Gahn takes a seat in his replica Wright Flyer. The original plane required the pilot to lie in a cradle.

One of the most difficult parts of the original Flyer to reproduce is the innovative 4-cylinder gasoline engine built in the Wright brothers’ Dayton, Ohio, bicycle factory. The engine was the first combustion engine ever built with an aluminum case.

At least one other centennial Wright Flyer reproduction is being outfitted with an exact replica of the original engine. Well beyond his technical abilities or financial resources, Bill is using a small 4-cylinder automobile engine to power his aircraft, one that provides considerably more than the 12 horsepower of the Wright brother’s original engine.

Bill has even gone as far as carving the propellers himself, following the dimensions and shape of the original. Bill says he is most impressed by the innovation of the Wright brothers who not only invented the airplane propeller, but perfected and proved many modern theories of aerodynamics in a crude wind tunnel they constructed.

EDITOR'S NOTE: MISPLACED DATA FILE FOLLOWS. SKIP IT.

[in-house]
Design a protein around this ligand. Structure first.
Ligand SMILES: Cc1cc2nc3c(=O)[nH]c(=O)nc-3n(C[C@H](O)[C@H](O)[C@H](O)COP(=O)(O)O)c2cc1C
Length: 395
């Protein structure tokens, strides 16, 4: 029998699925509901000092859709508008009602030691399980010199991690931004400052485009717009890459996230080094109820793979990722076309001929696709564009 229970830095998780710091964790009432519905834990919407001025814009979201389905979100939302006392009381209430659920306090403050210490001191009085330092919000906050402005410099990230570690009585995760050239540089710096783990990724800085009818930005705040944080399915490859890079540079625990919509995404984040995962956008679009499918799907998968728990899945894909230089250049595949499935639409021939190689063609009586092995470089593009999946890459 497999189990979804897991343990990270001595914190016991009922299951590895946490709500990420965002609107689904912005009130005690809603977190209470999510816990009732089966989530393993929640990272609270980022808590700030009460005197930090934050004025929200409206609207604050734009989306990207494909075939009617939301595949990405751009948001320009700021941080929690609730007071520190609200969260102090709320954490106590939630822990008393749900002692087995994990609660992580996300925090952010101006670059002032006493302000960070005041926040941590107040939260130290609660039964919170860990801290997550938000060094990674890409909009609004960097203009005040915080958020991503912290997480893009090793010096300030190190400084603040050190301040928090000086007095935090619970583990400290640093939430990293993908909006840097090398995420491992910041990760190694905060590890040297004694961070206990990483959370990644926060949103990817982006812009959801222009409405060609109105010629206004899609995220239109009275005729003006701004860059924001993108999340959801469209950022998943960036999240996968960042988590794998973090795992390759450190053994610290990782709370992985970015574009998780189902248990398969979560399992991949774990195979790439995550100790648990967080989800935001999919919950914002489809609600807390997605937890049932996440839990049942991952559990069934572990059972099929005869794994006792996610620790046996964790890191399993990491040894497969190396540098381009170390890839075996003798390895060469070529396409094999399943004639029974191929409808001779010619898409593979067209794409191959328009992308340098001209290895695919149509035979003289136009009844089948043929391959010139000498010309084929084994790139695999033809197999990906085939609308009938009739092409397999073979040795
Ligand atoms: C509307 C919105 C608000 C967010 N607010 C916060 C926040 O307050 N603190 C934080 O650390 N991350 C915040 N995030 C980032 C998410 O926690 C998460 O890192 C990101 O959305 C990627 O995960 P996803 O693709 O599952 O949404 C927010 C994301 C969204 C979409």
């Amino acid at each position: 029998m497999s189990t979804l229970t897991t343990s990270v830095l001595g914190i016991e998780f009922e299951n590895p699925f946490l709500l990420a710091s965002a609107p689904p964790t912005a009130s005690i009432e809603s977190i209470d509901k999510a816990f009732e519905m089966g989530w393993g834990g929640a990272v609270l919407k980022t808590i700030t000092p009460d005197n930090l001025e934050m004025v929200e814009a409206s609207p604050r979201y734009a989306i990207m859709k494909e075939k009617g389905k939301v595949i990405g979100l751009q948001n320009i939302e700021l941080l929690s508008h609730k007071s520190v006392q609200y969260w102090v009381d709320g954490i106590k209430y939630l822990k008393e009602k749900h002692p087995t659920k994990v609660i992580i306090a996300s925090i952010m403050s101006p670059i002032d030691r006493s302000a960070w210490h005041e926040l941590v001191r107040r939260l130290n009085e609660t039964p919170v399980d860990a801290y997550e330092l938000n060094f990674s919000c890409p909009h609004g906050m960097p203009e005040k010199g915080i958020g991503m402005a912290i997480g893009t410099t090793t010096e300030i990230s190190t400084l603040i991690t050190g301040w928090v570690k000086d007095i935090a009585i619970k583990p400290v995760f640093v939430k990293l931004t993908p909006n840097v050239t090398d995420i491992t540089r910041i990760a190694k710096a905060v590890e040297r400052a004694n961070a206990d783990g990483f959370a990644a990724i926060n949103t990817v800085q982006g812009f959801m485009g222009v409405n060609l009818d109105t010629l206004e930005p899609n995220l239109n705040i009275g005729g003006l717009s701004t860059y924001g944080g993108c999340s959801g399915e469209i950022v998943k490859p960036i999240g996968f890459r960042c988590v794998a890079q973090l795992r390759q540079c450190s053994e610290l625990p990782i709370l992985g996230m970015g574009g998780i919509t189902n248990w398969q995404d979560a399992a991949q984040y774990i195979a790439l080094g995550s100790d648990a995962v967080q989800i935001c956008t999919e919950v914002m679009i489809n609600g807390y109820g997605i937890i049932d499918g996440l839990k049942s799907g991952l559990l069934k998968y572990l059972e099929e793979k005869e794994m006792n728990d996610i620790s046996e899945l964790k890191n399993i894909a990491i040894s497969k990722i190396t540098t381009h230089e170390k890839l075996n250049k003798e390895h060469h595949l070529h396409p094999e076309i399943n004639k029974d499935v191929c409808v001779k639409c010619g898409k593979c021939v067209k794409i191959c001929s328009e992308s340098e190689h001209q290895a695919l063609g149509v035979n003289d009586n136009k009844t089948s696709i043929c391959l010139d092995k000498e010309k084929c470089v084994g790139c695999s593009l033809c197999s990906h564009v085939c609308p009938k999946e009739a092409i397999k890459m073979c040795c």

That day in 1903 saw the Wright brothers take their plane up four times. The first, most famous flight lasted only 12 seconds and covered just 120 feet. In their last flight of the day, which proved to be the Flyer’s final before being severely damaged by high winds, Wilbur flew for 59 seconds, landing 852 feet after takeoff. Despite the plane’s destruction, the brothers knew they had accomplished something no one else could claim — controlled, sustained flight in a powered aircraft.

For Bill, building the Wright replica is a fitting capstone to a long career. He’s honored that the Springfield/Branson Regional Airport will hang his Flyer from the ceiling of a new terminal being planned for the airport.

“That will be my legacy,” he says, adding that his influence can also be found in the many students he’s taught over the years.

“That’s how I got them ready for college and for industry,” says Bill.

Rural Missouri | June 2020 Issue